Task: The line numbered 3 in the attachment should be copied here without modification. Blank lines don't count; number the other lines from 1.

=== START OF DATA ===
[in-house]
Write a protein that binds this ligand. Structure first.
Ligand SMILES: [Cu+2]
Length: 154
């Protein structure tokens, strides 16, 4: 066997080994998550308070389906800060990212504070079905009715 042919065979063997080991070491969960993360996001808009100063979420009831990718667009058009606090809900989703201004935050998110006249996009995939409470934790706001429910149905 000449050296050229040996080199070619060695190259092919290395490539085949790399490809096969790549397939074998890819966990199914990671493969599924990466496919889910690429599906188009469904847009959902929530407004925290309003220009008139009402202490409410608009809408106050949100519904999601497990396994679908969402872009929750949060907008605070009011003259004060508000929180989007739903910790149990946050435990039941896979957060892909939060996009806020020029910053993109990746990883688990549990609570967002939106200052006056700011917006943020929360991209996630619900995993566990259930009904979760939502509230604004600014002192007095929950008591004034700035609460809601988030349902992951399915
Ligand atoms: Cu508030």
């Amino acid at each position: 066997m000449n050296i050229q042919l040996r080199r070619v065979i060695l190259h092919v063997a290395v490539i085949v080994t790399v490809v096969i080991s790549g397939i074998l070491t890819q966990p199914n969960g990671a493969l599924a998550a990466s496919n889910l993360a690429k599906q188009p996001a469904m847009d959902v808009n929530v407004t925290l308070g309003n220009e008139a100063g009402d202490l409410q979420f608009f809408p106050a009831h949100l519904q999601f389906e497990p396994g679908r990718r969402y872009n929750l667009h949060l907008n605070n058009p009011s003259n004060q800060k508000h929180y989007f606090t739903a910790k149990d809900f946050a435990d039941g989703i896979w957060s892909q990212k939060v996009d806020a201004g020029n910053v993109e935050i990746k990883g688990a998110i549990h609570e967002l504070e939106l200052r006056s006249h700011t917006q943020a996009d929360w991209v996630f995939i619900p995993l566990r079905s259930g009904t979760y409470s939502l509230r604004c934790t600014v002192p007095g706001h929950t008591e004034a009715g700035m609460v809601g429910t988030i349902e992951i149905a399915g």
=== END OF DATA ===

Ligand SMILES: [Cu+2]